This is illustrated to the highest degree at Mass: “The Eucharist contains and expresses all forms of prayer: it is ‘the pure offering’ of the whole Body of Christ to the glory of God’s name, and according to the traditions of East and West, it is the ‘sacrifice of praise.’”

Engaging the Gospel – Mark 1:40-45

6th Sunday in Ordinary Time (Year B): Gospel – Mark 1:40-45

Christ graciously heals the leper, who then disobeys the Lord

The leper’s earnest prayer encourages us to pray with “filial boldness” for our needs (Catechism paragraph 2610).

But after Jesus graciously heals him, the leper fails to respond in kind, and disregards the Lord’s instruction to him. This prompts us to reflect upon how we receive the Lord’s gifts.

Are we truly “living in thanksgiving,” knowing that “everything we are and have comes from Him” (224), or do we thoughtlessly go our own way? Like the leper, we also have been healed, from the deadly spiritual sickness caused by our sins.

Jesus referred the leper to the Jewish priest: the Old Covenant priesthood prefigures the New Covenant priesthood, which Christ gave us as a gift to cleanse and shepherd us (1541).

Benedict XVI comments:

According to the ancient Jewish law…leprosy constituted a kind of religious and civil death, and its healing a kind of resurrection. It is possible to see leprosy as a symbol of sin, which is the true impurity of heart that can distance us from God.  It is not in fact the physical disease of leprosy that separates us from God as the ancient norms supposed but sin, spiritual and moral evil.

…The sins that we commit distance us from God and, if we do not humbly confess them, trusting in divine mercy, they will finally bring about the death of the soul…In the Sacrament of Penance, the Crucified and Risen Christ purifies us through His ministers with His infinite mercy, restores us to communion with the heavenly Father and with our brothers, and makes us a gift of His love, His joy and His peace.

Angelus of February 15, 2009

Question for reflection: How do I express my gratitude for God’s blessings?

Thanksgiving

The term “Eucharist” is derived from the Greek for “thanksgiving.” This form of prayer reaches its apex in the celebration of the Eucharist, in which we participate in Christ’s offering of Himself to the Father, in a salvific work that encompasses the entire cosmos.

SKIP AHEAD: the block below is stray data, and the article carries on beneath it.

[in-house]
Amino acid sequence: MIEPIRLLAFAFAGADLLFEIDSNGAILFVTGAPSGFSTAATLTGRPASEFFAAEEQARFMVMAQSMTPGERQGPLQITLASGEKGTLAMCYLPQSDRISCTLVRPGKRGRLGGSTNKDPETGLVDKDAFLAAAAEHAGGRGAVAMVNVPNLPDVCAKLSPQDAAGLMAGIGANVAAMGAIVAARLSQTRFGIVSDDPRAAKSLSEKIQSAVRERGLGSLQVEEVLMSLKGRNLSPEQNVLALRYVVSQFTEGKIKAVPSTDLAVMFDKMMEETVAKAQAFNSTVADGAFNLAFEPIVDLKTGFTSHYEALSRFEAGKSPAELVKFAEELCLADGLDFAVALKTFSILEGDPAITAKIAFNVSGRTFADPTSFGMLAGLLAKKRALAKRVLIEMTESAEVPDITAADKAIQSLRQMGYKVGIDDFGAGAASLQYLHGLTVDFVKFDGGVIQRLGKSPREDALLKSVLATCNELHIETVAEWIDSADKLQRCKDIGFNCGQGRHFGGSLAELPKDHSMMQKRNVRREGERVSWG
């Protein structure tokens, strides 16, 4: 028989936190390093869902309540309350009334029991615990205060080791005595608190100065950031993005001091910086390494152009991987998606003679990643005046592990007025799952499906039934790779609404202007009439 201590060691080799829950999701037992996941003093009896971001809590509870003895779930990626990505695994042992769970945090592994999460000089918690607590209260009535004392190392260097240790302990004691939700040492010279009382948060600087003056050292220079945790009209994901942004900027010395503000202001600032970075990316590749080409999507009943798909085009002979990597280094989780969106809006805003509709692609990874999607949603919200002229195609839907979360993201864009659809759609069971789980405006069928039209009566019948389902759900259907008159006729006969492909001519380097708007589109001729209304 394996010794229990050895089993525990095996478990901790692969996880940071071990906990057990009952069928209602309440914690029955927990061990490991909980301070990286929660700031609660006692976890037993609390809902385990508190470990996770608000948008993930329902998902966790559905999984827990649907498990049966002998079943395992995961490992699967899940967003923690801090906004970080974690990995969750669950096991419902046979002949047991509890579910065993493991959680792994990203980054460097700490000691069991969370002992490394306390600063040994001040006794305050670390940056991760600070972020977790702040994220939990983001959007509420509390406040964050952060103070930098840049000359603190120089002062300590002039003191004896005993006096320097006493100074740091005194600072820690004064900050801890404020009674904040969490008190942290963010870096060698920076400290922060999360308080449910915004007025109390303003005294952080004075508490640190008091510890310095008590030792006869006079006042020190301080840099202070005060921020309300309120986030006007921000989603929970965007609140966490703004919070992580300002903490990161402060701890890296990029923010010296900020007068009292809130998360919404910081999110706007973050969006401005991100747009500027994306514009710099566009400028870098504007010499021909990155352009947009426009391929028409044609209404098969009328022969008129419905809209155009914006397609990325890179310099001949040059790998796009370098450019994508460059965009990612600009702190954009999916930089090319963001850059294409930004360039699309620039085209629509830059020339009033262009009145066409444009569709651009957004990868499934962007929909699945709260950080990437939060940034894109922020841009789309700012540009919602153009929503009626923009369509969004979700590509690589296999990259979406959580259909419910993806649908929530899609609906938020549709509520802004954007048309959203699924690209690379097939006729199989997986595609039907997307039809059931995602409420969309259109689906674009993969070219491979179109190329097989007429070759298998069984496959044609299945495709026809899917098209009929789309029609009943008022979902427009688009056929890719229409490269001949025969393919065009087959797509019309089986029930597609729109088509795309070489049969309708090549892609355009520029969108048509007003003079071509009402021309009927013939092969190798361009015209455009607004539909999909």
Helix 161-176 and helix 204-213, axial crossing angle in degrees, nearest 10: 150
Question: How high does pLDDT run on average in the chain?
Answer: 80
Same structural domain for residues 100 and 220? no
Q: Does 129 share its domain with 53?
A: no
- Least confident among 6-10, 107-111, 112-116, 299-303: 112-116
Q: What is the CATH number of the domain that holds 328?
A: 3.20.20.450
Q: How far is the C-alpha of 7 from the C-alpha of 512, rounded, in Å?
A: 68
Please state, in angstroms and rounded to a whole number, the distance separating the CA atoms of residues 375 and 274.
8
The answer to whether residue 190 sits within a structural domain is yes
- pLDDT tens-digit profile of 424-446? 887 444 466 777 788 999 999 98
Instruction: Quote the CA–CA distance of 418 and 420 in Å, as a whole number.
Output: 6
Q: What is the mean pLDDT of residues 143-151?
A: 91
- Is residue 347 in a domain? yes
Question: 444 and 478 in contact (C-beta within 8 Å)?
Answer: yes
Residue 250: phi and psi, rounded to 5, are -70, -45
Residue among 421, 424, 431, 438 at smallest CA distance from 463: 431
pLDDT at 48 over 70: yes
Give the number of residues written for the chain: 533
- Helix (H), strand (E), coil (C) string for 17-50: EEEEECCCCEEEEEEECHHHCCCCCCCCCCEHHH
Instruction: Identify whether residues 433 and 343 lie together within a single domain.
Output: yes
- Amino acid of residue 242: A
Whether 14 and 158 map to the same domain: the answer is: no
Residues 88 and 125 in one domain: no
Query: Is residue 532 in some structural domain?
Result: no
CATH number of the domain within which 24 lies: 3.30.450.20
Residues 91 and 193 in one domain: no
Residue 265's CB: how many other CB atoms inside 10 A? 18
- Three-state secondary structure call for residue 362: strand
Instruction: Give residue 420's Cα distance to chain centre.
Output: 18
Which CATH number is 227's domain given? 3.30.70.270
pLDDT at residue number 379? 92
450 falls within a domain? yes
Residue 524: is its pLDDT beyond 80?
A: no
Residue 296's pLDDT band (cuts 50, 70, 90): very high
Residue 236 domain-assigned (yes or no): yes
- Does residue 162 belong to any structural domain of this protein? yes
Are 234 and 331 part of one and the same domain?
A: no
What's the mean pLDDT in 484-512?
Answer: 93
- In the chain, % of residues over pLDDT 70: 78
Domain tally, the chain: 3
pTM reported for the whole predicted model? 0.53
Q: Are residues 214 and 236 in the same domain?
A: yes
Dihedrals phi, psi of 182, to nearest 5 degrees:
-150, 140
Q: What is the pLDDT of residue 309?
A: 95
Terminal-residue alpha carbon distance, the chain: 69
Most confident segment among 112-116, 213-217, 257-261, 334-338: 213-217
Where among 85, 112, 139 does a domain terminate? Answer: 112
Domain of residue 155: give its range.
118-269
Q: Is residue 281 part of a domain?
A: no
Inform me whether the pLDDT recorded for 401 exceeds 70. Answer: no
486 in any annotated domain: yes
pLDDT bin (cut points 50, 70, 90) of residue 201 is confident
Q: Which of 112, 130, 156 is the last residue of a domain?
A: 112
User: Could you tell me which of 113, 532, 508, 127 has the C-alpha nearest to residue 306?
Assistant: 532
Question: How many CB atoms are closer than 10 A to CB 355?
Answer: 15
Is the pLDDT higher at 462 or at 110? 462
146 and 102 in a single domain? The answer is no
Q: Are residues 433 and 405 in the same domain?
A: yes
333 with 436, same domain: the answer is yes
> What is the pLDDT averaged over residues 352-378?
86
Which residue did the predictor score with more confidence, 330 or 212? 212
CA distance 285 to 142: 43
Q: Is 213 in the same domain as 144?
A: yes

As the Catechism explains, “in the work of salvation, Christ sets creation free from sin and death to consecrate it anew and make it return to the Father, for His glory.”

Because Christ is the Head and we are the members of His Body, we too are integrally involved in this action. When we make our own offerings at Mass – of our time, resources, and most of all ourselves – all are taken up and absorbed into Jesus’ perfect sacrifice of thanksgiving.

But our thanksgiving is not limited to the Mass itself. Anything that we experience can become an occasion for thanksgiving. Although it is obviously easier to render thanks in happy circumstances, we should also learn to thank God even in our trials. St. Paul exhorts us to “give thanks in all circumstances; for this is the will of God in Christ Jesus for you” (1 Thess 5:18).

By offering thanksgiving to God in the midst of difficulties, we grow in trust, knowing that the Lord is ordering all things for our eternal welfare. In this way we keep our earthly lives in the proper perspective of our ultimate destiny.

God did not have to create us at all, or share with us His own divine life. If we maintain a spirit of gratitude for God’s great works of creation, redemption, and sanctification – which we could never merit on our own – we can better shoulder the burdens of daily life.

For more, see Catechism paragraphs 2637-38.

Uniting with Jesus’ Prayer

We should never feel alone or isolated in prayer: made God’s children in Baptism, we are conformed to Christ, and so caught up in the Son’s “filial prayer” to the Father.

Jesus’ prayer is described in the Gospels – His great love for the Father, absolute acceptance of His will, and heartfelt thanksgiving, poured out even before His request is granted.

Now enthroned at the Father’s right hand, Christ continues to pray unceasingly as our High Priest in heaven.

And because we are members of the Body of Christ, He actually prays within us!

St. Augustine captures this beautiful mystery:

He prays for us as our priest, prays in us as our Head, and is prayed to by us as our God. Therefore let us acknowledge our voice in Him and His in us.

–quoted in Catechism paragraph 2616.

For more, see Catechism paragraphs 2598-2606, 2746-51.